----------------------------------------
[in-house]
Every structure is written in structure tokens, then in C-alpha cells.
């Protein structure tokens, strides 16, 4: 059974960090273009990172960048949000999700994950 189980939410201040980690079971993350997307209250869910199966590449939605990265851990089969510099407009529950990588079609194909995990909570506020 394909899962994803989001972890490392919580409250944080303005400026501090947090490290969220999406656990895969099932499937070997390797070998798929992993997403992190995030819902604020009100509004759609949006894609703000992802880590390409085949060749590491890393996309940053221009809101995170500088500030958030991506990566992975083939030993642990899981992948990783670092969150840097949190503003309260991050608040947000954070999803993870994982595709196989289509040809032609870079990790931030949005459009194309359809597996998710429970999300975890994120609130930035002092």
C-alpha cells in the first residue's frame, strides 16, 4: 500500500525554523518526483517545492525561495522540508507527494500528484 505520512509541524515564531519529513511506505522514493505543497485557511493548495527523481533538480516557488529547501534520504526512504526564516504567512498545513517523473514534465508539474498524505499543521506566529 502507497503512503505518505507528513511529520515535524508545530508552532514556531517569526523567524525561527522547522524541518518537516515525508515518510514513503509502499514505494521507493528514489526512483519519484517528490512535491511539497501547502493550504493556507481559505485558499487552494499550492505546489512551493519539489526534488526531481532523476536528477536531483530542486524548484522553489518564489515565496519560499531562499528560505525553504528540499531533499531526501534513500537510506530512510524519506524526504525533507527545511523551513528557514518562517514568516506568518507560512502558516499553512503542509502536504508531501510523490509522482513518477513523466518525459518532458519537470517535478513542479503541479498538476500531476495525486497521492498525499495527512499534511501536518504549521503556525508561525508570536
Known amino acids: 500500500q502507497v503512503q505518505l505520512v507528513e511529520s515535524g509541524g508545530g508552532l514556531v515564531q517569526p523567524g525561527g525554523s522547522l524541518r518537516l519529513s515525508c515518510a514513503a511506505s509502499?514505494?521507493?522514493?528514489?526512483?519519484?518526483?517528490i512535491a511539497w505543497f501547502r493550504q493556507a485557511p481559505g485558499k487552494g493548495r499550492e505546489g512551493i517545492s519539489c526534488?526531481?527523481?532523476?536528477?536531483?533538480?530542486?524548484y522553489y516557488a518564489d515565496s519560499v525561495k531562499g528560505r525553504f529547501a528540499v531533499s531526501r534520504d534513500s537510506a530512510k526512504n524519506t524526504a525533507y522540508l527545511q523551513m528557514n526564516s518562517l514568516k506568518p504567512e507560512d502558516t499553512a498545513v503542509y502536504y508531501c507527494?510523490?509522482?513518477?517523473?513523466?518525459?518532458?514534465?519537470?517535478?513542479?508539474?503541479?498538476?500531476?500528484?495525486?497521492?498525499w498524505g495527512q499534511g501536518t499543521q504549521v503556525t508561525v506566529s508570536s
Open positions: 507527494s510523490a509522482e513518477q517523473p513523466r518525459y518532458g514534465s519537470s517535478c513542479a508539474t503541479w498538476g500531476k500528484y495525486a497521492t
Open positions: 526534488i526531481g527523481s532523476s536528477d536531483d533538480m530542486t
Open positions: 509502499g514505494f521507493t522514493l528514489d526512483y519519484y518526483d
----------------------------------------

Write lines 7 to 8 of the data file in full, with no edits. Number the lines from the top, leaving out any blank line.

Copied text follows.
Open positions: 526534488i526531481g527523481s532523476s536528477d536531483d533538480m530542486t
Open positions: 509502499g514505494f521507493t522514493l528514489d526512483y519519484y518526483d